“I know the president’s worried about his next election. But my God, shouldn’t we be worried about the country?” Speaker Boehner said on Fox News Sunday.

Rep. Boehner’s plan would form a committee of House and Senate members who would find $1.6 trillion in cuts by this winter, while an immediate increase in the debt ceiling by $900 billion would be paired with $1.2 trillion in cuts over the next decade, POLITICO’s David Rogers reports.

Sen. Reid might rely on counting the end to the wars in Iraq and Afghanistan as part of the savings, Montgomery reports:

“Counting money not spent on wars that the nation is already planning to end is widely viewed as a budget gimmick, and House GOP leaders have been reluctant to include it as savings. But it has a political advantage because it was included in the budget blueprint House Republicans adopted this spring. And Democratic sources said the option may look more attractive as the clock ticks down to Aug. 2, when Treasury officials say they will run out of money to pay all of the government’s bills.”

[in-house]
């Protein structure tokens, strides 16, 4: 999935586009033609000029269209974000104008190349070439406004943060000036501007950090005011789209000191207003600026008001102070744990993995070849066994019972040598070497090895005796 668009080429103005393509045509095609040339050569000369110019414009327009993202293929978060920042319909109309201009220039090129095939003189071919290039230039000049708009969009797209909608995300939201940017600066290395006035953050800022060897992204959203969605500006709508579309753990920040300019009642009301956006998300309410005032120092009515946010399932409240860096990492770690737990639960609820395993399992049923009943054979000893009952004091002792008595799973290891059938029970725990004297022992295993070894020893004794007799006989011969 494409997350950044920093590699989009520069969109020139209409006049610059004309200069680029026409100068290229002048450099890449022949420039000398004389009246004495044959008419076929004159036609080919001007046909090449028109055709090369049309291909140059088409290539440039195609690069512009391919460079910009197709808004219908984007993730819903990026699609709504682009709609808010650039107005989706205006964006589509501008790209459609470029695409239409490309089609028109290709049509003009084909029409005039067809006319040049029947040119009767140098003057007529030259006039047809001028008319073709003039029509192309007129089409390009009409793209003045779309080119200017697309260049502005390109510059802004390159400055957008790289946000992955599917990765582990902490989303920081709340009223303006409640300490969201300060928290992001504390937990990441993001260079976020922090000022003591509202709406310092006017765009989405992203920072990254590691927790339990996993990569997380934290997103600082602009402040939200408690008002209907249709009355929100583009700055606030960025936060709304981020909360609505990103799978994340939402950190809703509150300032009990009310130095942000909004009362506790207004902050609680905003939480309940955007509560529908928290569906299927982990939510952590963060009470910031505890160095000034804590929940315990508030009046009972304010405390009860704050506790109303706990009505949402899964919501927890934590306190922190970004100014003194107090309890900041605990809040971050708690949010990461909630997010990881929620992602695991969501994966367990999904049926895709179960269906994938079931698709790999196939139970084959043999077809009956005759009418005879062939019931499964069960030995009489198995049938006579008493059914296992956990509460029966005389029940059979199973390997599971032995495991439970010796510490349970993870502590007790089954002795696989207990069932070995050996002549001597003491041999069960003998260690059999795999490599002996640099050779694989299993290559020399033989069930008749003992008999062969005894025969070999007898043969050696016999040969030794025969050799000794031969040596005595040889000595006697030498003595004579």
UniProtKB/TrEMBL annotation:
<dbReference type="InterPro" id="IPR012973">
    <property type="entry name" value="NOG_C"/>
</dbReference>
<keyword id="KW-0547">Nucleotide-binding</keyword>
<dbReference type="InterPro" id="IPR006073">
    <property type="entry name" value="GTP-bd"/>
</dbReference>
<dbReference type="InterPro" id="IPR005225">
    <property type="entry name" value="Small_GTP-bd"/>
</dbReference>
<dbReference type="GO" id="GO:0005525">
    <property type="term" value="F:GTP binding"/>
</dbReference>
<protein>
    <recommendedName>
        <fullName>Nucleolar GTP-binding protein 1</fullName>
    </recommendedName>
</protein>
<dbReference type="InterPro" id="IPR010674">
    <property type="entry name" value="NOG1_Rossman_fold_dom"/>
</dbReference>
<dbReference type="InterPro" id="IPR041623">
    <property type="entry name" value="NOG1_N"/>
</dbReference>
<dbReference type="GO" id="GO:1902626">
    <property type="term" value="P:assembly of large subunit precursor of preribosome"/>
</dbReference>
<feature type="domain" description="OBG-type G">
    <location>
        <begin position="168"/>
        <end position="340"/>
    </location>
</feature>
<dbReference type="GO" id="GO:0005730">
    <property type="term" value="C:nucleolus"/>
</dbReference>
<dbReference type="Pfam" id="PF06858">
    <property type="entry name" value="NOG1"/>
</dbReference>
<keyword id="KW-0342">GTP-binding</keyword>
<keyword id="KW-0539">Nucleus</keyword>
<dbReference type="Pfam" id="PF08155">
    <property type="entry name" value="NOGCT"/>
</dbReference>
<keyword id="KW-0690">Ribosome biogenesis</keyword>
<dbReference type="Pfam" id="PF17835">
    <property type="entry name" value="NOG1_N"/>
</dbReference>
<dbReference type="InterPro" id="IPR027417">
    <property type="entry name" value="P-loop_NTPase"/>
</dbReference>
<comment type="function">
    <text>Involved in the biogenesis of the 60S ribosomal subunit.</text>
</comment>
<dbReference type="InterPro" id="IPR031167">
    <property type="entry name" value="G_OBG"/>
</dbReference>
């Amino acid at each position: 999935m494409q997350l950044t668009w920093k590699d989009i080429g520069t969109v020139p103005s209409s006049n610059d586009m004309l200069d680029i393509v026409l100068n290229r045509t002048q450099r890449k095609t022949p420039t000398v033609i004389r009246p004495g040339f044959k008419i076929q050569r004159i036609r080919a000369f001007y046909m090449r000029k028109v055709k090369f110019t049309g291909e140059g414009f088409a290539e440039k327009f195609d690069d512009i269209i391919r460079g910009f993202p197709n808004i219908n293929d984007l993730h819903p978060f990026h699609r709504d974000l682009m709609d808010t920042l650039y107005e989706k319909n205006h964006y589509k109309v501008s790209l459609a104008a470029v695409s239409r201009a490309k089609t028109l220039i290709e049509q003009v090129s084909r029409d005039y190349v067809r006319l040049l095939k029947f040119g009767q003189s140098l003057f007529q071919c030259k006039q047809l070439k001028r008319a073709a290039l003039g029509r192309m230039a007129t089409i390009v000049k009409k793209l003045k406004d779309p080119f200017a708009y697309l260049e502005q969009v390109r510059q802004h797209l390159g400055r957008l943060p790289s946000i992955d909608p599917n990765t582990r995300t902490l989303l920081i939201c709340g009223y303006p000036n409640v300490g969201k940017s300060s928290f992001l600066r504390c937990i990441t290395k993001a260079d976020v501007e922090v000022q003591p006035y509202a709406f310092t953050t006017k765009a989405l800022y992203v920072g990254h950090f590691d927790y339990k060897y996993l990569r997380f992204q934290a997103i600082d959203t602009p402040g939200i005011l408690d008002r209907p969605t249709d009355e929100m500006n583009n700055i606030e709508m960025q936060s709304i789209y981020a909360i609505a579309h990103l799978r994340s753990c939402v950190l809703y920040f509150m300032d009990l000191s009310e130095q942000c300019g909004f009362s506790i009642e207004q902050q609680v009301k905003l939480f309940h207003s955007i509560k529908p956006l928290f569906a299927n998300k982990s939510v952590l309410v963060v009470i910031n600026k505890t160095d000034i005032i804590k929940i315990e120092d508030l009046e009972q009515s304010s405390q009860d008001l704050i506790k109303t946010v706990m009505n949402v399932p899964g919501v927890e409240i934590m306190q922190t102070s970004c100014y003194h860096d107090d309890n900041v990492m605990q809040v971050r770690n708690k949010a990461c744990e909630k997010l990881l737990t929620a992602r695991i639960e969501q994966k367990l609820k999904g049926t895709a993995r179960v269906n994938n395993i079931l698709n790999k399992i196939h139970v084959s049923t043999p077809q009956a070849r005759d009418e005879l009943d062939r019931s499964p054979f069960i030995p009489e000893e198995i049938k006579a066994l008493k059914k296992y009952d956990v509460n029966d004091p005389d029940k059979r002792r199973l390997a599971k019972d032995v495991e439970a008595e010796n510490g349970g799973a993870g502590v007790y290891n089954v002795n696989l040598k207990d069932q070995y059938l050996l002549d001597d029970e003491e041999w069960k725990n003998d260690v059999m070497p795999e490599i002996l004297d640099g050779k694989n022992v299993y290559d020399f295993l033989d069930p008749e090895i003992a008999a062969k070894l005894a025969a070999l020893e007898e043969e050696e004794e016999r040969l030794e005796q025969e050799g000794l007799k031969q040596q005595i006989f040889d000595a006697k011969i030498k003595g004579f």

Another factor in the equation will be the financial market’s reaction to the impasse. If a solution before Aug. 2 looks less and less likely, a market crash could spur all sides to reach a compromise quickly.

Treasury Secretary Timothy Geithner said on Fox News Sunday that he didn’t think the impasse would last this long.

“We started this process seven months ago,” he said “Here we are seven months later, we’re running out of runway. We’re almost at the edge. I never thought they would take this close to the edge and let politics get in a way of demonstrating — well, will we pay our bills on time?”


For the past two weeks, Rep. Michele Bachmann, R-Minn., had been deflecting verbal jabs at her record from Tim Pawlenty, saying she wanted to focus on her accomplishments “instead of negativity.”

That all came to an end Sunday when Bachmann slammed Pawlenty, comparing his record to that of President Obama.

“[T]here is very little difference between Governor Pawlenty’s past positions and Barack Obama’s positions on several critical issues facing Americans,” Bachmann campaign press secretary Alice Stewart said in a statement.